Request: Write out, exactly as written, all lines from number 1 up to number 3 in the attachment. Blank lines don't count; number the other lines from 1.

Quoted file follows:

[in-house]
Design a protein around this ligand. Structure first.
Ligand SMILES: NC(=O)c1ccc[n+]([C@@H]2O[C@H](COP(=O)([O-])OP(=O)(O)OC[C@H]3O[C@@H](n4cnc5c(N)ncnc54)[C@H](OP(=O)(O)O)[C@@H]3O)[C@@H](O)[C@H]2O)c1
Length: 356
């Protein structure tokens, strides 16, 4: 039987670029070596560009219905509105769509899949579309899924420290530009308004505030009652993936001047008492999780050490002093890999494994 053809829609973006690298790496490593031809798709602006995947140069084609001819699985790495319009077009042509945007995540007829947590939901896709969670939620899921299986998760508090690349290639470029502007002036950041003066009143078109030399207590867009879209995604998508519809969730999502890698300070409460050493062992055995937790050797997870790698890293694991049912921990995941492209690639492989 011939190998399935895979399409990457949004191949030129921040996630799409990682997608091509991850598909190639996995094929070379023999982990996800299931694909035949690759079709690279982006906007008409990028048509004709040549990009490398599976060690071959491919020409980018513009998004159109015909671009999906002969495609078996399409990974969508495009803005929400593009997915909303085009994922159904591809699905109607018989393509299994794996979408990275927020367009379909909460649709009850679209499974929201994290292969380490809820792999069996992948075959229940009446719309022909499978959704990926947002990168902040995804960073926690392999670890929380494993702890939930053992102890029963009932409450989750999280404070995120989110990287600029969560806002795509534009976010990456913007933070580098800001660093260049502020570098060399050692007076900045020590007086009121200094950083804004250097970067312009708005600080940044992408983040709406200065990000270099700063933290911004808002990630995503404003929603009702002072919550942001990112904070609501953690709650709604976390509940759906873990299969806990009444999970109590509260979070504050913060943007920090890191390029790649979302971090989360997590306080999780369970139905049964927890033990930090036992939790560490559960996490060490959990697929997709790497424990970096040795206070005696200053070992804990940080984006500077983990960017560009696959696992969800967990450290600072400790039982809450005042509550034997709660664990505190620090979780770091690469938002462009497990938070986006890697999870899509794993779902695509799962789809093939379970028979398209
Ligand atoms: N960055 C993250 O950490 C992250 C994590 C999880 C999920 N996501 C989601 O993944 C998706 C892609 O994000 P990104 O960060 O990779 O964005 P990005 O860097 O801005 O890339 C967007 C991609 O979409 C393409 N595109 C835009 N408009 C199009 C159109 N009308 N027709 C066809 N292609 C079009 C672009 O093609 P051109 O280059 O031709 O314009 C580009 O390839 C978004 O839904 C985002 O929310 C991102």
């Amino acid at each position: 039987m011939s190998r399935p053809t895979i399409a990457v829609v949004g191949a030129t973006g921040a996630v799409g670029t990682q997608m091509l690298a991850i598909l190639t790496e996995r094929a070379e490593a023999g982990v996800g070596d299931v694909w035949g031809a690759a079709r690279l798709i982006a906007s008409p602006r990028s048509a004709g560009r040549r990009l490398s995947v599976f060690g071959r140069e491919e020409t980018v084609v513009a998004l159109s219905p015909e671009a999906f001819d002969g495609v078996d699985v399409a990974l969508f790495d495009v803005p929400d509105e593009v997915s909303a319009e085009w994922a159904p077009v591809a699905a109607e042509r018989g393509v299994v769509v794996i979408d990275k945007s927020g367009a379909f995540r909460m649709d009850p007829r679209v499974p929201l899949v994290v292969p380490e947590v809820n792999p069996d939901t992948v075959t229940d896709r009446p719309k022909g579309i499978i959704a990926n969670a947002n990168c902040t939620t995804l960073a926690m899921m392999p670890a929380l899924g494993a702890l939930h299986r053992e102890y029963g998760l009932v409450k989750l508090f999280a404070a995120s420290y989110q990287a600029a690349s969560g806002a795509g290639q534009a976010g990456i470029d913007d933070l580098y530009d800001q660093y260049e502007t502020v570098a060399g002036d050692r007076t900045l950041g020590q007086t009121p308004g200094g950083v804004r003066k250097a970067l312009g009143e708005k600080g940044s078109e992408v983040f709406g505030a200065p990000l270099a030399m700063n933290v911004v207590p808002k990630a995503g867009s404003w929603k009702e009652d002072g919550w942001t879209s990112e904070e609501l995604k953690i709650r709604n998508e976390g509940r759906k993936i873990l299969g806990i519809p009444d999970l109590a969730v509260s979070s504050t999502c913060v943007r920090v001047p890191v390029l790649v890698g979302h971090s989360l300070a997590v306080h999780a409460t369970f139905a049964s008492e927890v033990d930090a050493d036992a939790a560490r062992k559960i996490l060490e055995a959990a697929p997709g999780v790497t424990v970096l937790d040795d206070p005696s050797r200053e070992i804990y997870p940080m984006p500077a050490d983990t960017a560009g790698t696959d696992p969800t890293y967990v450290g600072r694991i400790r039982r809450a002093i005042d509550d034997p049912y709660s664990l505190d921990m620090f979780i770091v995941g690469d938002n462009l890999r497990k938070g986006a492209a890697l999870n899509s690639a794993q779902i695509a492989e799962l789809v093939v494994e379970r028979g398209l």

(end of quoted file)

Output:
[in-house]
Design a protein around this ligand. Structure first.
Ligand SMILES: NC(=O)c1ccc[n+]([C@@H]2O[C@H](COP(=O)([O-])OP(=O)(O)OC[C@H]3O[C@@H](n4cnc5c(N)ncnc54)[C@H](OP(=O)(O)O)[C@@H]3O)[C@@H](O)[C@H]2O)c1